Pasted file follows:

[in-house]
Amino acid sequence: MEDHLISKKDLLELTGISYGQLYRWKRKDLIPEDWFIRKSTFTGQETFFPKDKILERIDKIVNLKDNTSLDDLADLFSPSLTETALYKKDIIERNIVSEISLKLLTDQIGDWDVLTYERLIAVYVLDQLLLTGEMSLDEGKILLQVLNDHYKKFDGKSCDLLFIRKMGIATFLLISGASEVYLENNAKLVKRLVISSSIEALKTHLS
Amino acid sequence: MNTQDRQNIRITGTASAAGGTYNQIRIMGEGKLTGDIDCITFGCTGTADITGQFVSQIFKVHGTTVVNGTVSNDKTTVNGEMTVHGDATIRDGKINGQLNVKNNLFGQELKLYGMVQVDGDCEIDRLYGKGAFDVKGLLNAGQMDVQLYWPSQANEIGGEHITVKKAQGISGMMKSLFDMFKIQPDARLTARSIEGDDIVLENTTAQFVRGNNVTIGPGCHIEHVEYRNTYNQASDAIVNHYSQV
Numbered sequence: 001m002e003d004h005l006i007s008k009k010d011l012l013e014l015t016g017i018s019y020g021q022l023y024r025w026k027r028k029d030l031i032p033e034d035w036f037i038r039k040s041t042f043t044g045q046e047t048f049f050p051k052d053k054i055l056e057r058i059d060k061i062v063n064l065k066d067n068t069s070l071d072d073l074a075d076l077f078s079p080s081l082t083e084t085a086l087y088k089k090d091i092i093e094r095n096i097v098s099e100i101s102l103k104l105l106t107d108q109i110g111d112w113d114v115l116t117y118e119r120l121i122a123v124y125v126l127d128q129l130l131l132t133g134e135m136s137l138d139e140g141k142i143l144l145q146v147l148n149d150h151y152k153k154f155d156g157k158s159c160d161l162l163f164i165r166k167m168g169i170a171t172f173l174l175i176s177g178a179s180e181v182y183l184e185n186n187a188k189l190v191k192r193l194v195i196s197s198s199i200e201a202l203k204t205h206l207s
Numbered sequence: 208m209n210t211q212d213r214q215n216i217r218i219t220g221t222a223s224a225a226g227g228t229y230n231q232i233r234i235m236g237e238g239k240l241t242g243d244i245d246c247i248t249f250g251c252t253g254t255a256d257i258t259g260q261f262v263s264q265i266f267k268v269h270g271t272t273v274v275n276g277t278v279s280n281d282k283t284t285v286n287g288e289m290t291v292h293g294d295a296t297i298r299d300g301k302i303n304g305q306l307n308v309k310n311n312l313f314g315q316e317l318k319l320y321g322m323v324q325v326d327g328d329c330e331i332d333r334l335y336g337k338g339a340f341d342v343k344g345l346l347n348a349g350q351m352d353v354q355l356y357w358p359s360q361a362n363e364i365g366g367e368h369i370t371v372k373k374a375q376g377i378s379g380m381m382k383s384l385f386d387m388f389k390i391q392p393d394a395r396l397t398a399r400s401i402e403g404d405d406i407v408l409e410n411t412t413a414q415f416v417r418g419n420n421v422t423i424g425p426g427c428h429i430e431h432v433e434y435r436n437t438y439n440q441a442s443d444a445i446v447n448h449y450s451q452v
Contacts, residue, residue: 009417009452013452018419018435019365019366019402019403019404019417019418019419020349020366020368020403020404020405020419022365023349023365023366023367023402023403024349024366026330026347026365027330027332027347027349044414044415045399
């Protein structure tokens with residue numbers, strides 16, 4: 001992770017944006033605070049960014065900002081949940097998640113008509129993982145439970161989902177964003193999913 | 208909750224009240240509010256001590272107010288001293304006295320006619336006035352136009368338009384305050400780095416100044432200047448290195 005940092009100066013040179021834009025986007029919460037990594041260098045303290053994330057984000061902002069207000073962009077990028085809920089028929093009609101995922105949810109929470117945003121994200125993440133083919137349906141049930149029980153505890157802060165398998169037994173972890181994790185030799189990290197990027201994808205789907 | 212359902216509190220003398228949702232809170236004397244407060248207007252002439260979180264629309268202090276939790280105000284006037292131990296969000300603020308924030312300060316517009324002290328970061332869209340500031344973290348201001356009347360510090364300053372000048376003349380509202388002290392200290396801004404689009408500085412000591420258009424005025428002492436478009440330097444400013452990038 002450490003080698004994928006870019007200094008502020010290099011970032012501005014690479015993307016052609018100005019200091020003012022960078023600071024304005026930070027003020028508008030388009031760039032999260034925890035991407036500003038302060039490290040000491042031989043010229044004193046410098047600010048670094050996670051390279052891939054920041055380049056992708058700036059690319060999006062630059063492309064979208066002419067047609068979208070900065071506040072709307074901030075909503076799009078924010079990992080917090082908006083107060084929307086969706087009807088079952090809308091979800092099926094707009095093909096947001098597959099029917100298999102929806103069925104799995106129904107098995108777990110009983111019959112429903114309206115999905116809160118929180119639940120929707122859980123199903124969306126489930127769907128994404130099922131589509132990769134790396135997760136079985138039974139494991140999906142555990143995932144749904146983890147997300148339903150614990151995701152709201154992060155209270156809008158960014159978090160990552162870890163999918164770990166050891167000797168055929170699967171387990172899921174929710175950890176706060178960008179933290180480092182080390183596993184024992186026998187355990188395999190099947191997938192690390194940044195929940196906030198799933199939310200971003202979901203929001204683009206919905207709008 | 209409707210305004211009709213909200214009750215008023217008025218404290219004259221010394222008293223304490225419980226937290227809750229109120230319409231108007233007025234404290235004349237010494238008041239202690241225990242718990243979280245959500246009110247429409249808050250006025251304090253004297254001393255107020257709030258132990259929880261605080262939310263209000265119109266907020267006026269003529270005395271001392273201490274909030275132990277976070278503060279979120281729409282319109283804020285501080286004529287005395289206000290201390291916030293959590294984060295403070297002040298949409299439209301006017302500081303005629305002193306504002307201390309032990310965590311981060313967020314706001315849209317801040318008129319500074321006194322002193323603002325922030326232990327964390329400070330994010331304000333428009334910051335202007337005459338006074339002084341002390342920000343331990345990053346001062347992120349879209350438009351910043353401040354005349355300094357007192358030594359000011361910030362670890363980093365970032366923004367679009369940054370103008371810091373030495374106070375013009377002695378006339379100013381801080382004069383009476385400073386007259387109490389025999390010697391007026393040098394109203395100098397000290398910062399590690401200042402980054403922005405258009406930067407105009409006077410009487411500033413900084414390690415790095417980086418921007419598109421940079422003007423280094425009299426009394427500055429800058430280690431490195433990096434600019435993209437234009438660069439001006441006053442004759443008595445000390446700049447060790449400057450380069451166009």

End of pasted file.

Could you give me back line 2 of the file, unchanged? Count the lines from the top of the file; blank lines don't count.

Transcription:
Amino acid sequence: MEDHLISKKDLLELTGISYGQLYRWKRKDLIPEDWFIRKSTFTGQETFFPKDKILERIDKIVNLKDNTSLDDLADLFSPSLTETALYKKDIIERNIVSEISLKLLTDQIGDWDVLTYERLIAVYVLDQLLLTGEMSLDEGKILLQVLNDHYKKFDGKSCDLLFIRKMGIATFLLISGASEVYLENNAKLVKRLVISSSIEALKTHLS